Is the image people portray or the photo people publish on social media fake? Is WYSIWYG (what-you-see-is-what-you-get) in social media non-existent? I hate to say this, but I believe that not all shown on social media is the truth.
It’s not social media platforms to blame, though. The smoke and mirrors created by Facebook, Instagram, Twitter and the likes are just a part of the evolutionary process of how human being interact, in my opinion. People can now be anyone they want, do whatever they want using social media. They can do good and do bad on social media. They can be a motivator or a bully; a nice person or a troll; anyone, anything, really.
In fact, the Internet and everything that comes with it – including social media – allows you to be ‘anonymous’.
The worrying trend of today’s social media personal/business brand image has led us to a new ‘disorder’: The pursuit of perfection.
This is the trend: Teens are spending 40 minutes to setup the right angle of the camera, the right settings, the right makeup, for a perfect photo that’s going to be posted on Instagram. When the Insta photo isn’t getting enough shares, they take it down.
Gary Vaynerchuk explains the trend better:
The truth is, people respond to effort. When a celebrity favorites your tweet, you get excited. Someone you admire likes a photo of yours on Instagram, it makes you feel good. Because, in reality, it’s not about the 100th of a second it takes to double tap that photo — it’s about the fact that they looked at your profile. They chose a photo. They saw it. And they “liked” it. That interaction, which takes all of 5 or 6 seconds, really touches people in a way that is unique to the powers that be on social.
All trends come with upsides and downsides. On the upside, social media can help someone unknown becoming a popular figure on that platform. Social media can help you connect with someone/something that matters. In business, social media offers small businesses a chance to go head-to-head against the big boys.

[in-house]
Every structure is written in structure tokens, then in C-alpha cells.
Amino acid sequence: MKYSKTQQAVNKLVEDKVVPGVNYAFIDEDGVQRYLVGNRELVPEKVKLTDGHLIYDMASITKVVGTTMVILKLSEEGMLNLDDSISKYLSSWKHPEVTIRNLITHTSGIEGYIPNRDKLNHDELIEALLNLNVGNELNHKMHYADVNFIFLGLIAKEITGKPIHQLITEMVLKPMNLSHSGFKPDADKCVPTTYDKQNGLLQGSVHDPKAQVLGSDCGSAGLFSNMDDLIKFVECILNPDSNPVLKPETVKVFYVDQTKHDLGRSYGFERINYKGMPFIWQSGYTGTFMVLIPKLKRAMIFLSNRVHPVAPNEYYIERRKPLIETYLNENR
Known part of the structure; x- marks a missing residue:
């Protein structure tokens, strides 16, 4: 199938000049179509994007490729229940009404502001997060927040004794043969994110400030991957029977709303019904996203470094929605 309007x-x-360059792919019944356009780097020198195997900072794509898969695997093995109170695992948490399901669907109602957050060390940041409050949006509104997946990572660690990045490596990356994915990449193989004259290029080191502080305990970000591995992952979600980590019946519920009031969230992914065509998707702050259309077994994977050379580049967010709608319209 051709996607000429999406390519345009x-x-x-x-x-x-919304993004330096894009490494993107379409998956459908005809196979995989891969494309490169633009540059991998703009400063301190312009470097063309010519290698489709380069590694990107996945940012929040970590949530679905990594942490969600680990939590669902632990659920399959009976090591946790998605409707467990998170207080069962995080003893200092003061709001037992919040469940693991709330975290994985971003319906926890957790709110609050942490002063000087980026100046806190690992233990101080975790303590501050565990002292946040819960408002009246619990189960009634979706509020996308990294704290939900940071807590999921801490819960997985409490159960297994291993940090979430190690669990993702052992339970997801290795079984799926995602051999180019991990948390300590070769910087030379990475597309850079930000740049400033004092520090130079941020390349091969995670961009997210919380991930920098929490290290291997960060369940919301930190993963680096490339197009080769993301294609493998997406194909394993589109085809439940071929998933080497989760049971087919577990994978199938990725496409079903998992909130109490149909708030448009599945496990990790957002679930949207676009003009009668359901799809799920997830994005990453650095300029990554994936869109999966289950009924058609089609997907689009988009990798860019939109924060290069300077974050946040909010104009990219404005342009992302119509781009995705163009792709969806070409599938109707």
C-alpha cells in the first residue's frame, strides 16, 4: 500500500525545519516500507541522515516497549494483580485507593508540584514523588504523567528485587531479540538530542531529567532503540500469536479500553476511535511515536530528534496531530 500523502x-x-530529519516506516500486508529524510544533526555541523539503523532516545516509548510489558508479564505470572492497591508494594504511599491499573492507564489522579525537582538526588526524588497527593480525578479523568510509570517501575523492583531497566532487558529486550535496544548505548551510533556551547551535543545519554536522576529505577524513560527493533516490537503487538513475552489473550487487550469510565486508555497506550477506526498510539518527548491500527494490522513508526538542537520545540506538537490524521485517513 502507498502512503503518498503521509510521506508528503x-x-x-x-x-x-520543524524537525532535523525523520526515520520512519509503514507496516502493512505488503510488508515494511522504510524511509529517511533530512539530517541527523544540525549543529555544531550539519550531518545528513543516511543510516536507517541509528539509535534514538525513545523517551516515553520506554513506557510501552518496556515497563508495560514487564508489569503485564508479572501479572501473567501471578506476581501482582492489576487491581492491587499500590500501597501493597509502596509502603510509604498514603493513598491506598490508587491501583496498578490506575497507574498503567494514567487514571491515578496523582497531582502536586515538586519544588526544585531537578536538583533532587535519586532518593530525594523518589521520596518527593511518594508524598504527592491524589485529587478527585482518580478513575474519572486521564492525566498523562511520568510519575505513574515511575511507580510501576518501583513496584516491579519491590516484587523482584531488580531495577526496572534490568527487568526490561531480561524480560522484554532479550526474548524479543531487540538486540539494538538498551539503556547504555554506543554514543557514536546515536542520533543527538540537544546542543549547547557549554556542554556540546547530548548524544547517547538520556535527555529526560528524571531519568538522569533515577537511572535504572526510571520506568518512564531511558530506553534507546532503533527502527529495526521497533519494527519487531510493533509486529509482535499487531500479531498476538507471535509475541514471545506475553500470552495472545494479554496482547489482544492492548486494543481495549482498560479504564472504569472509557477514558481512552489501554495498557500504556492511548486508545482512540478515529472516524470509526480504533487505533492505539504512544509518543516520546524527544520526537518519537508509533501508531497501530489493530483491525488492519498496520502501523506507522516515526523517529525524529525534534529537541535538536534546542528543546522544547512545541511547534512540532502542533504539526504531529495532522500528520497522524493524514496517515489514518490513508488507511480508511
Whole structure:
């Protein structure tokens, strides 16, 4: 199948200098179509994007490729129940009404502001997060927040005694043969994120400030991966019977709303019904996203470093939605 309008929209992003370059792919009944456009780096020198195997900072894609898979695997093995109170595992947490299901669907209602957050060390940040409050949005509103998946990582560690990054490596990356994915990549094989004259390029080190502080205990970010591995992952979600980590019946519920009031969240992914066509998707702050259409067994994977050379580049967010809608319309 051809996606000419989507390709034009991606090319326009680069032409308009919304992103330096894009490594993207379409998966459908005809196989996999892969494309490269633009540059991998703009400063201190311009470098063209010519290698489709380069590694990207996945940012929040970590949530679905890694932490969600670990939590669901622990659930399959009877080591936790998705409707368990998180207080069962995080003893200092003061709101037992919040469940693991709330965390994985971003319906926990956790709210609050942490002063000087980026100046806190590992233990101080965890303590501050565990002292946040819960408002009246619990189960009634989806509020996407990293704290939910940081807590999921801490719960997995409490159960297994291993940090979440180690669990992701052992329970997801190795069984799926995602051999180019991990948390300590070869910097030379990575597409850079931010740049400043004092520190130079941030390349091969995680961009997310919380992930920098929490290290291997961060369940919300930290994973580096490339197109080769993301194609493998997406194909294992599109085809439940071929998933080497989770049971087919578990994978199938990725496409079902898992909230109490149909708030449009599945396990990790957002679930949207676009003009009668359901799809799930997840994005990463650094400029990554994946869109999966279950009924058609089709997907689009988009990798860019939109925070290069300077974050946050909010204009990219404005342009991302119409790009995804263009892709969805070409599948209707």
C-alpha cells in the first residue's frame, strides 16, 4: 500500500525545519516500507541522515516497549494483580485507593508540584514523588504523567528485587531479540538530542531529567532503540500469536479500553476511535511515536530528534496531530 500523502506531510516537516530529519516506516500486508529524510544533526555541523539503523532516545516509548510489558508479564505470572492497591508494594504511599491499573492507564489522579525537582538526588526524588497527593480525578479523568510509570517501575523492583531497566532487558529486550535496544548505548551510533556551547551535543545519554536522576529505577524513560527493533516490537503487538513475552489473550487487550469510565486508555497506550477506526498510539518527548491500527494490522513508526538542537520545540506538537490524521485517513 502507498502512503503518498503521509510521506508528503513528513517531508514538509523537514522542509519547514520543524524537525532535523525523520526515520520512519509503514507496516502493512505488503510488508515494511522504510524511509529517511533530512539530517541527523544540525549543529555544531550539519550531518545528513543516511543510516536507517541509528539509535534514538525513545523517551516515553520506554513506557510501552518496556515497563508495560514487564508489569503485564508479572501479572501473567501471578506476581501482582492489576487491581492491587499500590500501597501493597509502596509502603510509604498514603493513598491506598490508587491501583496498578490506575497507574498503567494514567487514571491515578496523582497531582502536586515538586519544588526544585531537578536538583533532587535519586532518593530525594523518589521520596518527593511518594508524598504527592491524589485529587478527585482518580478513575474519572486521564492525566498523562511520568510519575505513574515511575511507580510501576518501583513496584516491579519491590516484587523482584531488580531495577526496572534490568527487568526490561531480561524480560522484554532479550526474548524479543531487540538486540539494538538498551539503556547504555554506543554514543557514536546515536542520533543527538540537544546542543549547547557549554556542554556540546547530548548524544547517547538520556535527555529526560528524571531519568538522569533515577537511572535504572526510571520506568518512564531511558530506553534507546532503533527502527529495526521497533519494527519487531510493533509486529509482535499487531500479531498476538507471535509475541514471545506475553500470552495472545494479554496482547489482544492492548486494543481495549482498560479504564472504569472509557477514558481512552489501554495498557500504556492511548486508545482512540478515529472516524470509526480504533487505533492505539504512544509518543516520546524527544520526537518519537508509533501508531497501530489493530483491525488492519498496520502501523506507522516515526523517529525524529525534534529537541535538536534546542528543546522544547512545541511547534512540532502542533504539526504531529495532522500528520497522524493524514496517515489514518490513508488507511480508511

Not being negative, but the downside is more worrying, especially when it comes to a personal level. Here’s one example:
The 19-year-old Australian model Essena O’Neill reveals the truth about her Instagram photos, and she get numerous backlash. That’s social. Yes, we love to fake things on social. Just like what Luke Lewis said in his BuzzFeed post about Instagram, “in real life there are no filters.”
But to be honest with you, I feel the same way, too, about social media – you can’t trust all that you see on social.
I’m not saying that you should quit social media. What I’m saying is that you should use it responsibly – and reasonably. Unplugging from social might be a good idea.
To conclude, I believe in the power of social media for business and personal purposes. In fact, social media is what enabling minuscule business like us to stay competitive against the multi-million-dollar business. However, on a personal level, social media can cause serious mental health problems – anxiety, depression, feeling alone/worthless, even suicidal. Understand that there are limits to everything, and it’s always a good idea to stay within the limits.
I’ve shared my opinion. ‘Care to share yours?